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Workshop on Access to Information opens

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A two-day workshop on Access to Information (ATI) opened in Accra on Monday with a call on countries in West African to institutionalize legislations enacted on ATI to make it effective and efficient.

The workshop, which has brought together 20 participants from Ghana, Nigeria, Sierra Leone, the Gambia and Liberia, is being organised by the Commonwealth Human Rights Initiative (CHRI) in collaboration with ActionAid International on the theme: “Promoting the Peoples’ Access to Information: The West African Experience.”

Nana Oye Lithur, Regional Coordinator of the Commonwealth Human Rights Initiative, said the workshop would identify ways of strengthen information flow to engender a culture of openness in West Africa and enhance capabilities to utilize existing information.

It also seeks to share the findings of a legislative audit conducted in Ghana to provide an opportunity for participants to examine the nature and effectiveness of the mechanisms for information access in Ghana.

Nana Oye said though the right to information encouraged participatory democracy, Africa had not made any impressive strides in that regard.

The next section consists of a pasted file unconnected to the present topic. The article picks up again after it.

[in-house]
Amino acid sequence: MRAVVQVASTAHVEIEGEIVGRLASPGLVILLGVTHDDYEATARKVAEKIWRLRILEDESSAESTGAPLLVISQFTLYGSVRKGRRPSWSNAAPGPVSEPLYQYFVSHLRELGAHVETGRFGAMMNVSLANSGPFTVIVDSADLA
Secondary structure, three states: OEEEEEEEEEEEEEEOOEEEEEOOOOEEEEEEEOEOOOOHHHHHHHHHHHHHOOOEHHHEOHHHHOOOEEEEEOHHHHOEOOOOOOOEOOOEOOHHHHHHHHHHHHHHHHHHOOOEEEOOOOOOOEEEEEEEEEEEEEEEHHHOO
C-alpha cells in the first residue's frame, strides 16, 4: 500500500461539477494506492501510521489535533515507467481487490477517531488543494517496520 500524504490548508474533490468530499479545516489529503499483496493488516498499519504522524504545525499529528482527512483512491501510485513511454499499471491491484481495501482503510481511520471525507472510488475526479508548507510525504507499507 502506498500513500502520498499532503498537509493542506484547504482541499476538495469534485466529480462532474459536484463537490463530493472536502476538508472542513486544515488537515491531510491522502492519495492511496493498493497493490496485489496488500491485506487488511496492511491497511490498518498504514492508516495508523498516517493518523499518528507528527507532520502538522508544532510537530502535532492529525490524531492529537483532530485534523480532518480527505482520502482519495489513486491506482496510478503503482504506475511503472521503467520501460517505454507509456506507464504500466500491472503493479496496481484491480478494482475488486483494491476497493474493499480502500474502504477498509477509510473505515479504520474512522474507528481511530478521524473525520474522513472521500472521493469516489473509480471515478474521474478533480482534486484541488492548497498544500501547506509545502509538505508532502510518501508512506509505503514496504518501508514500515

“With a record of only five states – Angola, South Africa, Uganda, Ethiopia and Zimbabwe having Freedom of Information laws, progressive efforts must be made to enact more of these laws on the continent.”

Mr Venkatesh Nayak of the CHRI noted that none of the countries represented had overriding access to information legislation.

Nevertheless many laws passed by parliaments in these countries contained information disclosure provisions, he added.

He said the findings of the legislative audit from Ghana would encourage members to recognize the usefulness of these provisions and test their efficacy as well as conducting similar research in their respective countries.

Mr Hussaini Abdu, of ActionAid, Nigeria, who gave his country’s experience and the role of ActionAid, said though some countries like Zimbabwe and Uganda had enacted such laws, they were not operational.

“Some countries have passed these laws just to satisfy the conditions of accessing loans and grant facilities from international donors,” he added.

Source: GNA

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